Re­silience in Le­banon

Civil war, de­mo­graphic chal­lenges, slow In­ter­net speeds, and more –Le­banon has had to over­come a lot to grow its telecom­mu­ni­ca­tions in­fra­struc­ture and in­dus­try. And that re­silience – and spirit of in­no­va­tion – means Le­banon to­day is a land rife with opp

Comms MEA - - Contents -

Le­banon has had to over­come a lot. And that re­silience means plenty of op­por­tu­ni­ties for tel­cos.

Abru­tal and lengthy civil war meant that, at one point, Le­banon had one of the high­est mo­bile pen­e­tra­tion rates in the world. Part of that was out of ne­ces­sity: af­ter all, the con­flict had de­stroyed much of the in­fra­struc­ture for land­lines. But it also shows Le­banon is a place where peo­ple adopt new tech­nolo­gies quickly – a trend which is con­tin­u­ing to­day, mean­ing plenty of op­por­tu­ni­ties for telecom­mu­ni­ca­tions op­er­a­tors, ven­dors and sup­pli­ers look­ing to ex­pand their cus­tomer base.

There are also some ad­van­tages. For one, Le­banon is quite small ge­o­graph­i­cally, and has a very ur­banised (nearly 9 in 10 Le­banese live in cities, ac­cord­ing to the CIA World Fact­book) pop­u­la­tion. It’s also be­com­ing an in­creas­ingly pop­u­lar tourist des­ti­na­tion, cre­at­ing greater need for a va­ri­ety of dif­fer­ent ser­vices and of­fer­ings.

Yet a num­ber of chal­lenges re­main, of course – not least of which in­clude a de­clin­ing do­mes­tic pop­u­la­tion, large in­flux of refugees flee­ing the civil war in neigh­bour­ing Syria, and on­go­ing geopo­lit­i­cal ten­sions in­ter­nally and abroad. An­other chal­lenge: very slow In­ter­net speeds – in fact, as widely re­ported by ma­jor in­ter­na­tional news out­lets such as the BBC, Le­banon was ranked in 2011 as hav­ing the slow­est av­er­age In­ter­net speeds in the en­tire world.

Ac­cord­ing to mar­ket re­search firm OG Anal­y­sis’ 2018 re­port, Le­banon’s telecom­mu­ni­ca­tions in­dus­try is a re­silient one, adapt­ing to the nu­mer­ous chal­lenges to pro­vide fer­tile ground for tel­cos to in­crease mar­ket share.

Kylie Wansink writes in a 2018 anal­y­sis from telecom­mu­ni­ca­tions re­search site Budde Comm that im­prove­ments to Le­banon’s fixed in­fra­struc­ture in par­tic­u­lar is of­fer­ing new op­por­tu­ni­ties.

“Le­banon’s tele­coms mar­ket holds a unique po­si­tion in the Mid­dle East given the level of gov­ern­ment in­volve­ment. While most in­cum­bents in the re­gion are gov­ern­ment owned, within Le­banon, gov­ern­ment own­er­ship also ex­tends to the coun­try’s two mo­bile op­er­a­tors,” writes Wansink.

“The gov­ern­ment-owned mo­bile net­works are op­er­ated by pri­vate com­pa­nies in re­turn for a man­age­ment fee, with all rev­enue go­ing to the gov­ern­ment. The two net­works are cur­rently op­er­ated by Zain of Kuwait (Touch) and Oras­com of Egypt (Alfa).”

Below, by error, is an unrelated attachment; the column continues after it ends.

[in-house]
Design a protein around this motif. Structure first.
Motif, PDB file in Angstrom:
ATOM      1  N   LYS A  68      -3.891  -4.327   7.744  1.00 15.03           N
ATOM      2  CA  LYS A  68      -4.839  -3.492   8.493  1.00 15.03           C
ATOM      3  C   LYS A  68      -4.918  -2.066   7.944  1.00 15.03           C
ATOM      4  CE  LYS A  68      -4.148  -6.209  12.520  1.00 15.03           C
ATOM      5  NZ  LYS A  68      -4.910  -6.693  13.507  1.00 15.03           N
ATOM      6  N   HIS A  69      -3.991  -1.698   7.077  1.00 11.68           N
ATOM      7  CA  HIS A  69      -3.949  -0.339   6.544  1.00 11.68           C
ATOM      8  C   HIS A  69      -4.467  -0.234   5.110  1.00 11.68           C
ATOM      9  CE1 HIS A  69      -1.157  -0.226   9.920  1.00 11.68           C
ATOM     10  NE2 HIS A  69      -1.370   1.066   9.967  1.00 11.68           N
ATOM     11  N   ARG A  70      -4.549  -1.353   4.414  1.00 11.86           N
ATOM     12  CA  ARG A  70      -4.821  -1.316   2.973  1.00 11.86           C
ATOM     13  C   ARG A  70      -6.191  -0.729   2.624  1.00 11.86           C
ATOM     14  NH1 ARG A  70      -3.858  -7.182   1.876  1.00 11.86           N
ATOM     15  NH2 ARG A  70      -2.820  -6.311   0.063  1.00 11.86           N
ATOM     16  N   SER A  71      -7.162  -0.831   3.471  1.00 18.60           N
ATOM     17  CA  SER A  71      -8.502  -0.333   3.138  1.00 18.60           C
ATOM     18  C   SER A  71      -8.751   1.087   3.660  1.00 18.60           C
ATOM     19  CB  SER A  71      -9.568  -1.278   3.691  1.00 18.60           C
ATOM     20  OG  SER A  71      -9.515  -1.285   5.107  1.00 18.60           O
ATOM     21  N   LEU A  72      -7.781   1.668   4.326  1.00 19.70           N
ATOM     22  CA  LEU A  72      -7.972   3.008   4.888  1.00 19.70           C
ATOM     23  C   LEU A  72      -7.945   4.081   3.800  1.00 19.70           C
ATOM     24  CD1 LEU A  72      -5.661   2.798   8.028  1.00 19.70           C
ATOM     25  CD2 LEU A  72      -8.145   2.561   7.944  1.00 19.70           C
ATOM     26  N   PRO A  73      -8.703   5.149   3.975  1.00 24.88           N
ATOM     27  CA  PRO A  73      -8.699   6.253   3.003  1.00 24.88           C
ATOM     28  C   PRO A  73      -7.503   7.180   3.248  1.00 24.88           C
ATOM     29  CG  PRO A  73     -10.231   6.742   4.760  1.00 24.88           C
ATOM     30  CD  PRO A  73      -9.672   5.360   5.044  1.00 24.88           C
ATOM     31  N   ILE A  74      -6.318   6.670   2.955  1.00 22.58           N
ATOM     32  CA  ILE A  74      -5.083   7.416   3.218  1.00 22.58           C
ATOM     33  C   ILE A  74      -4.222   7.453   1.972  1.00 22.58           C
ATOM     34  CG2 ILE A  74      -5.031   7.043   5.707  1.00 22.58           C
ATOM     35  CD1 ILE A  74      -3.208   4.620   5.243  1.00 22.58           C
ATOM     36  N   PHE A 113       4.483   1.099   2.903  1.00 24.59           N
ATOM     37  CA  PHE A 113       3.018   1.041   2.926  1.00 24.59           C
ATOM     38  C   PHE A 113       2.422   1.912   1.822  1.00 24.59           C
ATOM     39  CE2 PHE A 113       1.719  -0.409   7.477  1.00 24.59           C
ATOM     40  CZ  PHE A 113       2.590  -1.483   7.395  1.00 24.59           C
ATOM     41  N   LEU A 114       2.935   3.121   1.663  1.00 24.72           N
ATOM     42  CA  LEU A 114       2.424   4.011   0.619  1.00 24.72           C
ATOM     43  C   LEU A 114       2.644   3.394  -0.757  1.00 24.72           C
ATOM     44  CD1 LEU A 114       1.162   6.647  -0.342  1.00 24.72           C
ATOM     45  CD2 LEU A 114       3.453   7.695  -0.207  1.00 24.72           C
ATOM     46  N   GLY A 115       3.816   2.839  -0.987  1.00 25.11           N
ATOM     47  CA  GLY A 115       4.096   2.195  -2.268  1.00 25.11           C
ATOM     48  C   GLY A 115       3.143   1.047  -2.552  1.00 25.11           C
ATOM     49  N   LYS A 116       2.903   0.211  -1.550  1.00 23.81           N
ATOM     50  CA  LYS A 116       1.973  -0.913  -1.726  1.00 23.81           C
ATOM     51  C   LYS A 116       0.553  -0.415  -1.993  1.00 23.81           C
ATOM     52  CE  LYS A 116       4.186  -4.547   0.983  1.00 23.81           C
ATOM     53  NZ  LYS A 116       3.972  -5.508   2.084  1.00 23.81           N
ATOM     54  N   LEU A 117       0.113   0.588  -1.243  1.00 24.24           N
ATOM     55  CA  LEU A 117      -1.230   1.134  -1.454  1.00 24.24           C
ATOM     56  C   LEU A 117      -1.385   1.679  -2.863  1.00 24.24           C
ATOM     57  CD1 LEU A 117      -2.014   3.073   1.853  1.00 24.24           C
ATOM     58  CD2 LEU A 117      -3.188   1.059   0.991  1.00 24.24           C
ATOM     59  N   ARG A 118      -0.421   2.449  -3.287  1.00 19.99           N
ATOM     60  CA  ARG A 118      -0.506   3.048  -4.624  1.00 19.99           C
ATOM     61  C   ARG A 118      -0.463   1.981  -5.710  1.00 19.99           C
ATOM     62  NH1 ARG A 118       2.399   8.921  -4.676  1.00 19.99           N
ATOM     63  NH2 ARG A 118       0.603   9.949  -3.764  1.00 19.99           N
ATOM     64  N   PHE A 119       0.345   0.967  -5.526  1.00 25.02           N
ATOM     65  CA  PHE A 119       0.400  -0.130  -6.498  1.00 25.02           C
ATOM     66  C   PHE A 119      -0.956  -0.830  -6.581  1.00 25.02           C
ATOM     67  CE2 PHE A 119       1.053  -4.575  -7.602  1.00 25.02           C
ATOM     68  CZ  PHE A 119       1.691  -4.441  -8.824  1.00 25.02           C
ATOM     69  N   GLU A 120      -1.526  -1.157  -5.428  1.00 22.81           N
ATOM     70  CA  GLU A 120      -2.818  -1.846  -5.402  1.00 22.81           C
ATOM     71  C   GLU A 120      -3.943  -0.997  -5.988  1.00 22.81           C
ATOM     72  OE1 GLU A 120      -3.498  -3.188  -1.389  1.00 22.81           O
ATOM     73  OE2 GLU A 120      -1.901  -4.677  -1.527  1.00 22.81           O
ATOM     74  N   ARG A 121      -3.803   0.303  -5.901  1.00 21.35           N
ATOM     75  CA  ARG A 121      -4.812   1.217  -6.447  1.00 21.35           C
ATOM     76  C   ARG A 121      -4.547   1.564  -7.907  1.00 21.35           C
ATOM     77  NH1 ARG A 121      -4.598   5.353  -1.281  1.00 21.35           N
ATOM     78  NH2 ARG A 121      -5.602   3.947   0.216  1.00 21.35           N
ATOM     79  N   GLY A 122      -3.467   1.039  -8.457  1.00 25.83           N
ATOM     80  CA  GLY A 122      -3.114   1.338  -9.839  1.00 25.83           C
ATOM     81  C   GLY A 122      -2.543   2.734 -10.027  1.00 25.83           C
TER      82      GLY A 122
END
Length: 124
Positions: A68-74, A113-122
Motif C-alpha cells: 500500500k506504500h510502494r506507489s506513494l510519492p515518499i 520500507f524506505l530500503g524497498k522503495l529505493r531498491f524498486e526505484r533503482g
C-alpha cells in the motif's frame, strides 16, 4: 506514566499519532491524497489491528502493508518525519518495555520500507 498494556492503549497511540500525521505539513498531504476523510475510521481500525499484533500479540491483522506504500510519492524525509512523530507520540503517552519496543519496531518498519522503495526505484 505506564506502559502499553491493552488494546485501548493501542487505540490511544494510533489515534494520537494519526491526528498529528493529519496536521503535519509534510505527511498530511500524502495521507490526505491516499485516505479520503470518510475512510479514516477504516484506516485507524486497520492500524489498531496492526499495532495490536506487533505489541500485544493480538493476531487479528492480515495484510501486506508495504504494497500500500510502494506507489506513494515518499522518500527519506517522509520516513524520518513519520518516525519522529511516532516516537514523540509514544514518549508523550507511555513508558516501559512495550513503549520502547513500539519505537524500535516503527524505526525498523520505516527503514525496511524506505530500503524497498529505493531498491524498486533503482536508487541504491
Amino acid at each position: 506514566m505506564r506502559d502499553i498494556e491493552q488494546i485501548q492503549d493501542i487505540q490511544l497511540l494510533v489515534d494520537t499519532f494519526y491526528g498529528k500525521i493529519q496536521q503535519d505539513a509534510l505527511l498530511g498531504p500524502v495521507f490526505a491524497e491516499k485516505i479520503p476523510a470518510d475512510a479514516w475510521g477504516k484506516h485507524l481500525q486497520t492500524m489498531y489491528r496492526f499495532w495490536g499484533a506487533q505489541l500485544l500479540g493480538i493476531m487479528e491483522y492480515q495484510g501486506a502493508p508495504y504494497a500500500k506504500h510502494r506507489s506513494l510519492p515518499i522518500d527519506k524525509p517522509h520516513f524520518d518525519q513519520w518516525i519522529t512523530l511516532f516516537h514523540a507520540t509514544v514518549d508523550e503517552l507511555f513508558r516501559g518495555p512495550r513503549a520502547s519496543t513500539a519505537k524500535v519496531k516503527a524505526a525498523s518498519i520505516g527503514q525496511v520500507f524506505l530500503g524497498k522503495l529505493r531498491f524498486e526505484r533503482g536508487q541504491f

Wansink goes on to state both op­er­a­tors al­ready of­fer 4G LTEE ser­vices, and are plan­ning on launch­ing 5G ser­vices – with the first suc­cess­ful 5G trial in Le­banon hav­ing al­ready been con­ducted.

“The im­prove­ments to Le­banon’s broad­band in­fra­struc­ture will boost the al­ready flour­ish­ing dig­i­tal econ­omy as well as the start-up cul­ture that has at­tracted in­ter­na­tional in­ter­est and recog­ni­tion.”

Wael Bakhit, of the Fac­ulty of Eco­nomics and Man­age­ment at Le­banese Univer­sity (and the Fac­ulty of Man­age­ment at Le­banese French Univer­sity), writes in a re­port ti­tled “Dis­rup­tive in­no­va­tion and its im­pli­ca­tions on Le­banese tele­com in­dus­try” that the na­tion’s telecom­mu­ni­ca­tions in­dus­try is un­der­go­ing a pe­riod of dis­rup­tion.

As Bakhit writes: “The mo­bile tele­com in­dus­try is chang­ing and the com­pet­i­tive land­scape for mo­bile net­work op­er­a­tors has been dis­rupted. The in­dus­try is shift­ing from an en­vi­ron­ment char­ac­terised by re­li­a­bil­ity and scale of net­works, to an en­vi­ron­ment where choice and flex­i­bil­ity of ser­vices is more prom­i­nent. This has changed the ba­sis of com­pe­ti­tion and rep­re­sents the shift from ‘mo­bile tele­phony’ to ‘mo­bile com­put­ing.’ To­day, this sec­tor plays a key role in the Le­banese econ­omy even if it’s per­form­ing be­low po­ten­tial de­spite growth.”

So, while the Le­banese telecom­mu­ni­ca­tions mar­ket may

The in­dus­try is shift­ing from an en­vi­ron­ment char­ac­terised by re­li­a­bil­ity and scale of net­works, to an en­vi­ron­ment where choice and flex­i­bil­ity of ser­vices is more prom­i­nent. This has changed the ba­sis of com­pe­ti­tion and rep­re­sents the shift from ‘mo­bile tele­phony’ to ‘mo­bile com­put­ing.’ To­day, this sec­tor plays a key role in the Le­banese econ­omy.”

have a ways to go to reach the same level of ma­tu­rity as, say, the United Arab Emi­rates, it would ap­pear there’s plenty of room for growth – and for con­tin­ues re­silience and in­no­va­tion.

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